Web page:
Cockroaches would have to be extraordinarily resilient in order to survive the repercussions of a nuclear attack, from the initial devastation to the long-term effects of radiation. The world is home to more than 3,000 species of snakes, including about 600 species that are venomous and deadly to humans. Spiders are also widespread and are found on all continents, with the exception of Antarctica.
Although many people don’t think that cockroaches could survive a nuclear attack, the answer may be no. Although cockroaches do bite humans, these incidents are rare and are usually the result of cockroaches outgrowing their normal food sources and searching for other food sources. However, it is important to remember that cockroaches have been around since the Jurassic period. They once roamed the earth alongside cavemen and have witnessed the evolution of man.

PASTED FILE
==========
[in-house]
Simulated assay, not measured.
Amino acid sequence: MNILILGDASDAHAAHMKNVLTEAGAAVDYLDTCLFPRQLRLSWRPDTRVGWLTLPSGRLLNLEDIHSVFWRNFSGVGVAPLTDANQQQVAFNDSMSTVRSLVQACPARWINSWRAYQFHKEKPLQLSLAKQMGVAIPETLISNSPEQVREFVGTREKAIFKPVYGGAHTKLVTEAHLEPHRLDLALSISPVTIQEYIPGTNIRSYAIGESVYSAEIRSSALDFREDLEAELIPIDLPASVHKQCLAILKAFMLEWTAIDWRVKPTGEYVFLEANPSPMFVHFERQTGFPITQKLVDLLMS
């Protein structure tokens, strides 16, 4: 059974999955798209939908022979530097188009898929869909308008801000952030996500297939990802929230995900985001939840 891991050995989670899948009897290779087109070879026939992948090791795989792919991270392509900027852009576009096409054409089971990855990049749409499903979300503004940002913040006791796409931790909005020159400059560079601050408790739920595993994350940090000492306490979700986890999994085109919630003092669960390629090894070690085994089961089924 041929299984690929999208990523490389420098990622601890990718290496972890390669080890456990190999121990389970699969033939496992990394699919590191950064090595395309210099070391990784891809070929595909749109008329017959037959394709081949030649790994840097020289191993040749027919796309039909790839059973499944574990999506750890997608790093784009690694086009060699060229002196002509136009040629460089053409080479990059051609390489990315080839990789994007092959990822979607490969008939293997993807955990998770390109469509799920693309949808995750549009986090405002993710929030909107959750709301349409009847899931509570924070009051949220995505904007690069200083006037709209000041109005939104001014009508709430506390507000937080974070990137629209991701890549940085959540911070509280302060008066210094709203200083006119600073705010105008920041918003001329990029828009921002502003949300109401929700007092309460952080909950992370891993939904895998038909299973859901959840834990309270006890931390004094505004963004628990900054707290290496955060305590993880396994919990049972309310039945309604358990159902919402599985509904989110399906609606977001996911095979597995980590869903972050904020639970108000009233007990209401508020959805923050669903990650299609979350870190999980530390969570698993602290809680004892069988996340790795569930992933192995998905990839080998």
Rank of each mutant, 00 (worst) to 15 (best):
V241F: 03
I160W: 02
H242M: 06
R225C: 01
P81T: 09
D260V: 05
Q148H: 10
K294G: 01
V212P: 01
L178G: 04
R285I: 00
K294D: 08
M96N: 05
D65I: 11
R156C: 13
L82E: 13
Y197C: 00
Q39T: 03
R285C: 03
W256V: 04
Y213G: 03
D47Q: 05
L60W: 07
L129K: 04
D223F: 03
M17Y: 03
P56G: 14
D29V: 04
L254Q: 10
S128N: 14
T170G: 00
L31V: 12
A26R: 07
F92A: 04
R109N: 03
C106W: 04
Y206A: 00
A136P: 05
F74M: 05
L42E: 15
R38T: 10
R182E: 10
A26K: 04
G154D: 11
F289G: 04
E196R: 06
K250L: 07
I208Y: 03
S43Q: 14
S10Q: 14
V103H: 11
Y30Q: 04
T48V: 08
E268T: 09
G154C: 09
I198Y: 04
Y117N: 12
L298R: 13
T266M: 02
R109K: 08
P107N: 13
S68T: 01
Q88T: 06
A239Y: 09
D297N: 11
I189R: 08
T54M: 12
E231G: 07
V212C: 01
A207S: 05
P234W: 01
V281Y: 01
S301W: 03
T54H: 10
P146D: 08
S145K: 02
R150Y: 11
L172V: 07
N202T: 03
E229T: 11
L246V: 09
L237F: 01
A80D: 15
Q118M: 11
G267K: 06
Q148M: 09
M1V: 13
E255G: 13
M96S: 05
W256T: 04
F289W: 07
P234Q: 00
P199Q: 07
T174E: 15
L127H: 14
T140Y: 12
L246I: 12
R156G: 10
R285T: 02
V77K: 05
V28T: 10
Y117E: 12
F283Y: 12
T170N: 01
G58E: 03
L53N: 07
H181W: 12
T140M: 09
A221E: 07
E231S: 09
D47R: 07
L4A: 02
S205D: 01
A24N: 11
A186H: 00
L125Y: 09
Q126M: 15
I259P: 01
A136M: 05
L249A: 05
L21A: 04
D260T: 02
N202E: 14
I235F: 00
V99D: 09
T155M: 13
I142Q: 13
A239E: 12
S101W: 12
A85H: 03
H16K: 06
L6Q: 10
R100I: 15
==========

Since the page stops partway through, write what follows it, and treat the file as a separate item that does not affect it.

Cockroaches are flat and can squeeze into confined spaces, which may have helped them survive the impact of the Chicxulub asteroid. In addition to cockroaches’ ability to survive radiation, another characteristic of these insects that makes them ideal for apocalyptic survival is their ability to reproduce and pass on whatever they learned.
Cockroaches are capable of survival in high radiation environments thanks to their hard exoskeleton. They are also able to find food and shelter despite the radiation. Without water, they would die quickly.